Monthly Archives: November 2016

“Love, Bambi”

I was writing a card to a friend this afternoon when I got to thinking about some of my favorite notes. 

My all time favorite thank you note was from our niece. She was very young when she wrote to thank us for a birthday check. “Dear Uncle John and Aunt Jill, Thank you for the money. I really needed it! Love, (our niece)”. I called my sister and kidded her – are you not feeding this kid and she needs cash? But, to be honest, it was a perfect note. It said thank you, it was specific and it was personal. The kiddo was saving up to buy something and our check helped her toward that goal. Adorable. 

I have two favorite postcards that I have received. The first one began this way, “Dear Jill, Let me get right to the point – I need cash. Don’t tell the parents.” The card went on to explain why and to give specifics on how much to send where to send it. Being a loving and, it happens cash rich at-that-time, friend, I doubled the amount and got the money into the mail. 

My other favorite postcard came from my older brother. I had just hit a huge deer with my not-so-huge pinto – the deer won. A postcard came from him about a week later. It read something like, “Dear Jill, Do you know where my mommy is? Love, Bambi” What a loving brother!!

One of the best things about postcards is that we like to imagine that everyone in the postal system reads ours. It was the postman who delivers mail to my parents who was the real target of my favorite postcard I have sent. The card read, “Dear Mom and Dad, I’ll be gone for a few days. Two sailors and a Marine and I are headed to New Orleans for the week in a van. Will call when I get back home. Love, Jill”. Mom said that the mailman smiled when he handed her the mail that day and she quickly explained that I was on an inspection trip on official business. Loved trying to scandalize my folks and the postman!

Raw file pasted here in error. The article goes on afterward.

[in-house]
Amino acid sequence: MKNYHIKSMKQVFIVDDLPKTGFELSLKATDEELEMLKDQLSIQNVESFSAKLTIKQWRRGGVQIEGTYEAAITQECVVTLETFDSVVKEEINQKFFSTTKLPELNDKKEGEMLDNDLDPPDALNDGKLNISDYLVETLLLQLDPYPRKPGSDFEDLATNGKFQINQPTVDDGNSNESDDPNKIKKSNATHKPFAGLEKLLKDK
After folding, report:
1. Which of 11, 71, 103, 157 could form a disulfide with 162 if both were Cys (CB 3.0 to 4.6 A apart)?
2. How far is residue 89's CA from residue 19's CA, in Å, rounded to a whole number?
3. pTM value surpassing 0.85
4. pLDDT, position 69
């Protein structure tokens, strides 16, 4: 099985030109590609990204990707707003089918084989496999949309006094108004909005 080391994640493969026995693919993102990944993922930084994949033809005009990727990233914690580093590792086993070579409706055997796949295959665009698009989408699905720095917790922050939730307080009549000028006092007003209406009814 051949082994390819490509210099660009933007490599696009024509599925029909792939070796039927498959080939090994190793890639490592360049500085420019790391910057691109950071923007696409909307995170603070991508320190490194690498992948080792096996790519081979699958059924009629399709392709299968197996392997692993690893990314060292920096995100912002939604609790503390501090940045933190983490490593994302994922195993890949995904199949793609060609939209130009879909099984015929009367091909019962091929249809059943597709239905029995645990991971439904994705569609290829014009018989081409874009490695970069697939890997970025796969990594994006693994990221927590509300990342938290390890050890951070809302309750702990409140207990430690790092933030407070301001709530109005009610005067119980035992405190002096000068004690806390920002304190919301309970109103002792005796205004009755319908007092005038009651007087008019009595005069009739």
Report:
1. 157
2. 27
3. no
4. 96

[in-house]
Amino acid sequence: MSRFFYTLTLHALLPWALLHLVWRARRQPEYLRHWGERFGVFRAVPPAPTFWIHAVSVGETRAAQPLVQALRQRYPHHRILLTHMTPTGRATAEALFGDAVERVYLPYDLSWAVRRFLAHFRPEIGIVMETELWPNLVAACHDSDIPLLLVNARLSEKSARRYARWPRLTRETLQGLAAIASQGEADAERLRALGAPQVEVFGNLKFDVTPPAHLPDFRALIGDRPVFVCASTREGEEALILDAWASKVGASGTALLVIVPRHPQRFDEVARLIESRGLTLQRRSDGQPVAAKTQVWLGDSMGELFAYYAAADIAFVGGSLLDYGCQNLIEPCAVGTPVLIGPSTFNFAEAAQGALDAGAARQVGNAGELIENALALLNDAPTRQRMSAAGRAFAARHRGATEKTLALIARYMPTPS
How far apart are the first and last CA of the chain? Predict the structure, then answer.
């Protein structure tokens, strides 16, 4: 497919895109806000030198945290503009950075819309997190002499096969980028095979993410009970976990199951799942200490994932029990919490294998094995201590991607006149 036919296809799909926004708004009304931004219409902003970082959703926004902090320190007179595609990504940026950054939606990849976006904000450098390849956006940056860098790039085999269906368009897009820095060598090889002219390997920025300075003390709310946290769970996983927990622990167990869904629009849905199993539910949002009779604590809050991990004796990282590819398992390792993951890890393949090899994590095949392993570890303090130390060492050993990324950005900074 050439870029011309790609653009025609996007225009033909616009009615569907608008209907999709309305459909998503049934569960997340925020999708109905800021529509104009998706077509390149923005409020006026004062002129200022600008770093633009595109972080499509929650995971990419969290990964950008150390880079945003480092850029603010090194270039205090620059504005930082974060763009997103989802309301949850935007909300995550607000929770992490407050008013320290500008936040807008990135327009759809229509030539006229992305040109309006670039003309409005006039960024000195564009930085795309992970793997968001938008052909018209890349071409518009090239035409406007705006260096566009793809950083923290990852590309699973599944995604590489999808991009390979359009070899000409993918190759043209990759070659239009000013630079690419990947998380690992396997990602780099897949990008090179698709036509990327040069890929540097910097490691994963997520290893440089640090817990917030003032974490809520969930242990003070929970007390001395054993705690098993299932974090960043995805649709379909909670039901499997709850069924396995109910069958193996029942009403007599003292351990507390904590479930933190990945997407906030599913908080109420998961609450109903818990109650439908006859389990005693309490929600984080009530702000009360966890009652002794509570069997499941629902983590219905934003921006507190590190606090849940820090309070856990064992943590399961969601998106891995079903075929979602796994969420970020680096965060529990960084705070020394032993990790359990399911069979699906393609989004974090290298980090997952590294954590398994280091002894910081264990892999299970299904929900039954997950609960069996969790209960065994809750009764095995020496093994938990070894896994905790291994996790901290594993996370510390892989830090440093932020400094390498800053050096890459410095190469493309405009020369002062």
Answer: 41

Why not take a moment and write a note? It can be short and sweet. It can ask for help. It can share a joke. But, it will be appreciated and maybe even treasured.

Go ahead, try it! A silly note might be just the thing to start thawing that ice burg.

Love,

Jill (just one of God’s kids)

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“You are the light of the world. A city set on a hill cannot be hidden. Nor do people light a lamp and put it under a basket, but on a stand, and it gives light to all in the house. In the same way, let your light shine before others, so that they may see your good works and give glory to your Father who is in heaven.” (Matthew 5:14-16)

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Check those comm lines! 

They were working just a few minutes ago. And, these are the “good” ear buds – the ones that came with my new smart phone. 

I discovered the problem while trying to call John. I called him, never heard his phone ring nor him answer and then the call was terminated. And, so, I called him back – same problem. My conclusion – he was having a phone problem. So, I dialed his number again. (Yes, I do know the definition of insanity!) This time, while I was waiting for him to say something, I got an incoming call notice – he was trying to call me. What??

But, the ear buds had been working when I made those other calls few minutes ago and they were working when I was watching “Blue Bloods” on Netflix. And, these are “good” ear buds, not the cheap ones that come three to a package!  Guess what? None of that matters – they aren’t working now.

The communication problem was mine. And, it really didn’t matter how hard I was trying, how important the message was, or the price of the equipment – I was neither sending nor receiving. 

As we strive to “gather together” with family, friends and colleagues, we have to remember to keep the communication lines working at our end!!

Just a thought from someone who has those “good” earbuds still dangling around her neck. 

Love, 

Jill (just one of God’s kids)

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A  man will hear and increase in learning, And a man of understanding will acquire wise counsel. (Proverbs 1:5)

Work


Our church youth group is starting a fund-raising effort to support their mission trip scheduled for this next summer. One of their strategies is to have the kids do work for people in return for a donation to their fund. I love this “rent-a-kid” kind of fund raising. (And, John and I already have a project on their “to schedule” list.) Compare working for pay against begging and I’ll always go with the work program. You know what I mean, I like car washes and bake sales and I’ll even accept the various sales programs over the too frequent mailed or in-person request for funds.